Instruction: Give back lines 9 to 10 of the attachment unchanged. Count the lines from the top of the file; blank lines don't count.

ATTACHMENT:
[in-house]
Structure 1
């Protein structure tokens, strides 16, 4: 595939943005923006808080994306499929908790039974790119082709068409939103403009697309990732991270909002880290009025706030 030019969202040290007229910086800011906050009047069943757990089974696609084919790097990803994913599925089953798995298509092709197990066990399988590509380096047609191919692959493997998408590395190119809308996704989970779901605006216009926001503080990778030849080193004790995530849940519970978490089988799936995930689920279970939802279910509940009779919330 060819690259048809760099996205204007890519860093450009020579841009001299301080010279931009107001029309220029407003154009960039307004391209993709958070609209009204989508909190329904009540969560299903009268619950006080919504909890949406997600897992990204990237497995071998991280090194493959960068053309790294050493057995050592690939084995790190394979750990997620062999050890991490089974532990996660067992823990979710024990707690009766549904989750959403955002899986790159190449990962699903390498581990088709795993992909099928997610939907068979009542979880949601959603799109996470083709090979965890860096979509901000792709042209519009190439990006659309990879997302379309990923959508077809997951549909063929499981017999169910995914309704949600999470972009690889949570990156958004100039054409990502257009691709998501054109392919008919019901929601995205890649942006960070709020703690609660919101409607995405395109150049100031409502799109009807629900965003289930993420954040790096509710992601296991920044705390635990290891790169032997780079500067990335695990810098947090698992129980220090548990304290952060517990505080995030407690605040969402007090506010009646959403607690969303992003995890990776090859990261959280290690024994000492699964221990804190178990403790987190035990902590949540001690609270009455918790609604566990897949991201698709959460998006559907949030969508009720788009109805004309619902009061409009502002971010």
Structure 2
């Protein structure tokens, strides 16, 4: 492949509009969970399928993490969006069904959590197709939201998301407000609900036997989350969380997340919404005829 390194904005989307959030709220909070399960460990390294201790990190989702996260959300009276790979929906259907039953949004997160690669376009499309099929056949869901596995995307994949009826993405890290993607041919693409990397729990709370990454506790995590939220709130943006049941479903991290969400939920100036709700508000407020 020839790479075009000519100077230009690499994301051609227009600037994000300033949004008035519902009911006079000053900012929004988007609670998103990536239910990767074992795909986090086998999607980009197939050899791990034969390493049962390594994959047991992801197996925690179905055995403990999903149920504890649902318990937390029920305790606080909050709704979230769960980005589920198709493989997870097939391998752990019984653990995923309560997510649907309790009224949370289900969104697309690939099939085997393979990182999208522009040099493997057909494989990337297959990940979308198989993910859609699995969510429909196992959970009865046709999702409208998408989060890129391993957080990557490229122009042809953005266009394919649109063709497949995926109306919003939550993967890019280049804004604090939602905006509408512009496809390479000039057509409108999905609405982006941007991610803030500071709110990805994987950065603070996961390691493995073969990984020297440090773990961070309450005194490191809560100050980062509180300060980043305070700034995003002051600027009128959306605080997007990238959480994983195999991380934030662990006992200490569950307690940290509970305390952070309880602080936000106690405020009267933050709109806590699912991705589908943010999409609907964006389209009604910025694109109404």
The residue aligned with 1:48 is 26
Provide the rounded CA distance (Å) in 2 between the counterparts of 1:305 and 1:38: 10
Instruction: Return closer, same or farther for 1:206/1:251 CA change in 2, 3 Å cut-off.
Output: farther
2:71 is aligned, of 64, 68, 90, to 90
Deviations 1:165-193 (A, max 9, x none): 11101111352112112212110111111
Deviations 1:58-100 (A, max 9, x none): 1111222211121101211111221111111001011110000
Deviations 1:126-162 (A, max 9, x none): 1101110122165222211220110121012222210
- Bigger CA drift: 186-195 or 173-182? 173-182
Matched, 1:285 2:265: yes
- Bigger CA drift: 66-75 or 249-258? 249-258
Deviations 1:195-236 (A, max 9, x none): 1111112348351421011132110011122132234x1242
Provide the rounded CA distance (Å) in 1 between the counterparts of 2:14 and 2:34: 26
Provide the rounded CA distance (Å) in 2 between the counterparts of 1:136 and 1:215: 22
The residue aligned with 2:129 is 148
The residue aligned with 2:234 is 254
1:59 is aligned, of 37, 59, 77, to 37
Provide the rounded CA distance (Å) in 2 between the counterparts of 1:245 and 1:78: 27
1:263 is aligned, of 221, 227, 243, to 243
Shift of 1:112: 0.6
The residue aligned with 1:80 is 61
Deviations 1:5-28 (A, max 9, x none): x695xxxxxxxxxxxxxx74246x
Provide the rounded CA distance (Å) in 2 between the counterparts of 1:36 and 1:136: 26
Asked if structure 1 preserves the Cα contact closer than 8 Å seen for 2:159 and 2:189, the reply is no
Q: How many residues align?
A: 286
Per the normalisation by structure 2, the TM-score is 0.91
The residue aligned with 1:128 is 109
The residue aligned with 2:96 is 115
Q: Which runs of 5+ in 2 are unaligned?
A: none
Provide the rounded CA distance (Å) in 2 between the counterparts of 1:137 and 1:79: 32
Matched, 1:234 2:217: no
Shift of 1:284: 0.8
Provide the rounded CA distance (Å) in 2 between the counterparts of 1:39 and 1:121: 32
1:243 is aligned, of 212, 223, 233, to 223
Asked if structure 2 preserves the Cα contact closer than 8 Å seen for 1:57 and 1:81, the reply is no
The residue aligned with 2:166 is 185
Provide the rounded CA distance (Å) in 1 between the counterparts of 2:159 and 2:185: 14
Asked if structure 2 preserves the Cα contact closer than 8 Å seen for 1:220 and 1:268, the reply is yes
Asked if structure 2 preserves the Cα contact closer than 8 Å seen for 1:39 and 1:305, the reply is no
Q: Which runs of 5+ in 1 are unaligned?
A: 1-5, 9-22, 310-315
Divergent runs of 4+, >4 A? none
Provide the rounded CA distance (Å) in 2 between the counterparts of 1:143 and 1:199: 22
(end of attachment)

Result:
Output: farther
2:71 is aligned, of 64, 68, 90, to 90